Several groups have corroborated the finding that oral tumours among Indian patients are not driven by HPV infection but by the Fusobacterium.

Since the beginning of the 20th Century, Fusobacterium is known that infections could play a role in cancer, with 18-20% of cancers associated with infectious agents.

This could be relatively higher in developing countries like India, than in the developed countries where the incidence of human papillomavirus (HPV) genome is more.

  • Fusobacterium species is a genus of anaerobic, elongated, Gram-negative, non-sporeforming bacteria, similar to Bacteroides.
  • They are common obligately anaerobic bacteria of the oral cavity that may act as a bridge between early and late colonizing bacteria in dental plaque and have a role in oral and extra-oral infections.
  • There are multiple species of Fusobacterium, but the one most associated with human disease is F. Necrophorum.
  • F. Necrophorum is a cause of periodontal disease, tonsillitis, peritonsillar abscess, and thrombophlebitis of the jugular vein (Lemierre syndrome).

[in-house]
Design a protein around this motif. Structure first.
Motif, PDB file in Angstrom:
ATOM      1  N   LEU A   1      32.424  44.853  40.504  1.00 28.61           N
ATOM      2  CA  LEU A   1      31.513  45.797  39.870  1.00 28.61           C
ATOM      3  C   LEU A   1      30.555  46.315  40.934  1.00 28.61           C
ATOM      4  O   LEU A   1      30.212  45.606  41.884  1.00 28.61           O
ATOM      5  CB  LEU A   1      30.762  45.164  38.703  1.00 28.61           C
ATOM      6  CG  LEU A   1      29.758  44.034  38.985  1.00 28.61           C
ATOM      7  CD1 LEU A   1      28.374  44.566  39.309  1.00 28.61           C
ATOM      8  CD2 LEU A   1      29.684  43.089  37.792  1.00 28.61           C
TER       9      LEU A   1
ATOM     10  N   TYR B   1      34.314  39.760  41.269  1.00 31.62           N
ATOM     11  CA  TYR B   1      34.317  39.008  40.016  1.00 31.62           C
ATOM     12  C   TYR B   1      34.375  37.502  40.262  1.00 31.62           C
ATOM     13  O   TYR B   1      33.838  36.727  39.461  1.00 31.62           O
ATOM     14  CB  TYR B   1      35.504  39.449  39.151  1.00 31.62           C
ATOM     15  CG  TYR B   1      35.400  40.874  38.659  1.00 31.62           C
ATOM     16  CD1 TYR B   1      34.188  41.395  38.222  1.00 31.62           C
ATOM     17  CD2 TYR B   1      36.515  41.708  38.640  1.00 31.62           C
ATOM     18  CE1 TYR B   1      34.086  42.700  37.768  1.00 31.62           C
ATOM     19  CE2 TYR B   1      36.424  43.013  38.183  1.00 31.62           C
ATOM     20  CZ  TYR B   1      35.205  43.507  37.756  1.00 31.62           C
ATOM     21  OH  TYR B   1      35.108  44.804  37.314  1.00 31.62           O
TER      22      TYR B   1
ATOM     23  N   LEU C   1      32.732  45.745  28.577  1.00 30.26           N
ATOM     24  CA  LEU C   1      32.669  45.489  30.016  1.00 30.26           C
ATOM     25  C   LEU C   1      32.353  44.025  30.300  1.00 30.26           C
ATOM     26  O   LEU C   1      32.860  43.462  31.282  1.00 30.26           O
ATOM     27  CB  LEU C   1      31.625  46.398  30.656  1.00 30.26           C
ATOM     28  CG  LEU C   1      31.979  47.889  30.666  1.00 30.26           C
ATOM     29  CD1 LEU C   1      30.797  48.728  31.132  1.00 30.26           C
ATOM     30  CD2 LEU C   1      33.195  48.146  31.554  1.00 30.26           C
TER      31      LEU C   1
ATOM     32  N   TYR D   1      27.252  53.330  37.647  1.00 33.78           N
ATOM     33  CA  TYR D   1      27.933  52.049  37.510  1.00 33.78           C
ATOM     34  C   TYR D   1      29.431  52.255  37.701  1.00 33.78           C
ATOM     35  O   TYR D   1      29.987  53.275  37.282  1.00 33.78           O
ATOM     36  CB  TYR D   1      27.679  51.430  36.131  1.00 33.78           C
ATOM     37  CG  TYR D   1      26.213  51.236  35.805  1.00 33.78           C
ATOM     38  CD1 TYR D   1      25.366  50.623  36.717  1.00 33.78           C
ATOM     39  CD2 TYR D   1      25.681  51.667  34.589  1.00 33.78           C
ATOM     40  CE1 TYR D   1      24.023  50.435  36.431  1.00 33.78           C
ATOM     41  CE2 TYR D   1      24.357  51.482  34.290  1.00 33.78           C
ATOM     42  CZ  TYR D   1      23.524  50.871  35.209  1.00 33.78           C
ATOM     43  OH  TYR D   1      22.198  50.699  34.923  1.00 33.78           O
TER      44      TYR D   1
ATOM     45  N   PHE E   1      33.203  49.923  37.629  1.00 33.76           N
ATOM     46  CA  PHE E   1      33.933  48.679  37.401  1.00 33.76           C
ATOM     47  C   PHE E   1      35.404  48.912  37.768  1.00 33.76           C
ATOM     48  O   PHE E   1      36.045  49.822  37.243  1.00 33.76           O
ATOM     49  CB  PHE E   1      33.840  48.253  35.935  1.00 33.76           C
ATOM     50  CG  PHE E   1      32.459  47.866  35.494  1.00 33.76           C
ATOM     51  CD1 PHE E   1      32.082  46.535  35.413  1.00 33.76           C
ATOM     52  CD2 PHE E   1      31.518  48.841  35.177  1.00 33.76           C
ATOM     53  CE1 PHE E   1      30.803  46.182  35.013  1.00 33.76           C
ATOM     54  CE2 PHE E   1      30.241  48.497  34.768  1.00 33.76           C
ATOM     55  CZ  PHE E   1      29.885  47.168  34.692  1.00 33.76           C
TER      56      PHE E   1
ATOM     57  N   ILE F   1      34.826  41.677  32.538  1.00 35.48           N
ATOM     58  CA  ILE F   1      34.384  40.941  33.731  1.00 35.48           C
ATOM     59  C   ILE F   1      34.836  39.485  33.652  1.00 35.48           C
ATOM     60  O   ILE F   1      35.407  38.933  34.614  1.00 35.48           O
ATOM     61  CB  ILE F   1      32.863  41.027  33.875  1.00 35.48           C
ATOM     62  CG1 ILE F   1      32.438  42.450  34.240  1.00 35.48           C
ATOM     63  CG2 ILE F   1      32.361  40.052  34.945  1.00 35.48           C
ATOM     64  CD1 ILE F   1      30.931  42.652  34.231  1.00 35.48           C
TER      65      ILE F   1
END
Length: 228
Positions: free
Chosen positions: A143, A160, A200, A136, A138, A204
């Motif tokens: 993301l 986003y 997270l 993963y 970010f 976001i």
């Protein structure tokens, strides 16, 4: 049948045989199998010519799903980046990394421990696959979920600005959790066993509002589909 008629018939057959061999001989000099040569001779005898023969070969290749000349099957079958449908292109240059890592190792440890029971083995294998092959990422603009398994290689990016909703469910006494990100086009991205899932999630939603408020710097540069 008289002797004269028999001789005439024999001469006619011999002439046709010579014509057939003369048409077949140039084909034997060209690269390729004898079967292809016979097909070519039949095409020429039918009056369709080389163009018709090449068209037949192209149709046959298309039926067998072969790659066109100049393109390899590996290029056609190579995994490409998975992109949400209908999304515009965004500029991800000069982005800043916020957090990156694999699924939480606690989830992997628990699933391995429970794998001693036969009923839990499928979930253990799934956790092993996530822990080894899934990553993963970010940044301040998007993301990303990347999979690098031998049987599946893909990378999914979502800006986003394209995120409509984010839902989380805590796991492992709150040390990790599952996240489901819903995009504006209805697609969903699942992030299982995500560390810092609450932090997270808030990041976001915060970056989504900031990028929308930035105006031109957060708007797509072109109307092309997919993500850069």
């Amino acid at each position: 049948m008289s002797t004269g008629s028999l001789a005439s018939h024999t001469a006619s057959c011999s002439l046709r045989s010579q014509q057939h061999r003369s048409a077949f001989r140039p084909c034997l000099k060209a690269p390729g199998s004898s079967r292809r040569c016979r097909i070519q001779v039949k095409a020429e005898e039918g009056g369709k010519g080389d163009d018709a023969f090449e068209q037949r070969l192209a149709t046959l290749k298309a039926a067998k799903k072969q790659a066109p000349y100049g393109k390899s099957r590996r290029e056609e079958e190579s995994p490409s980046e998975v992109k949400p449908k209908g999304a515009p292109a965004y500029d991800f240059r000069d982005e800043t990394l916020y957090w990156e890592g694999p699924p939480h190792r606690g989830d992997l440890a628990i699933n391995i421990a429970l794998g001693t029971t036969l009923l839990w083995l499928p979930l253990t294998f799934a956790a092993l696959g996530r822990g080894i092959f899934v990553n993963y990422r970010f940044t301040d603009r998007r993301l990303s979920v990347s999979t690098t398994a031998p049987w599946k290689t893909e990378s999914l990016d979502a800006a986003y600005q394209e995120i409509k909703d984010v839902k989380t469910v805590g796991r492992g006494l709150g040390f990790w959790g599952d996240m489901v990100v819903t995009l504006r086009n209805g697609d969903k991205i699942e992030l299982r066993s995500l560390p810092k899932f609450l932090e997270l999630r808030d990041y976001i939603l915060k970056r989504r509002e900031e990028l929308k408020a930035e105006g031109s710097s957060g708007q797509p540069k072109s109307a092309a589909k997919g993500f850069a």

• Fusobacterium nucleatum has a crucial role in oral biofilm structure and ecology, as revealed in experimental and clinical biofilm models.


  1. https://www.thehindu.com/sci-tech/health/the-role-fusobacterium-plays-in-oral-cancer-patients-in-india/article65192892.ece
  2. https://www.sciencedirect.com/topics/medicine-and-dentistry/fusobacterium#:~:text=Fusobacterium%20species%20are%20anaerobic%2C%20elongated,jugular%20vein%20(Lemierre%20syndrome).
  3. https://www.frontiersin.org/articles/10.3389/fmicb.2019.01716/full

Global Treaty on Plastic Pollution

The United Nations Environment Assembly (UNEA) is going to start writing a global treaty on plastic pollution.

  • The final resolution will take into account the “full life cycle of plastics” - Production, Design, Recycling and Management of plastic waste.
  • The final resolution, which will be arrived by the members of the UNEA who held talks in Nairobi, is heavily influenced by the Rwanda-Peru joint draft resolution.  
  • It recognizes the significant contribution made by workers under informal and cooperative settings to collecting, sorting and recycling plastics in many countries.
  • This resolution urged the UN Environment Programme to convene an Intergovernmental Negotiating Committee (INC) to complete its work by end of 2024.

Provisions of Resolution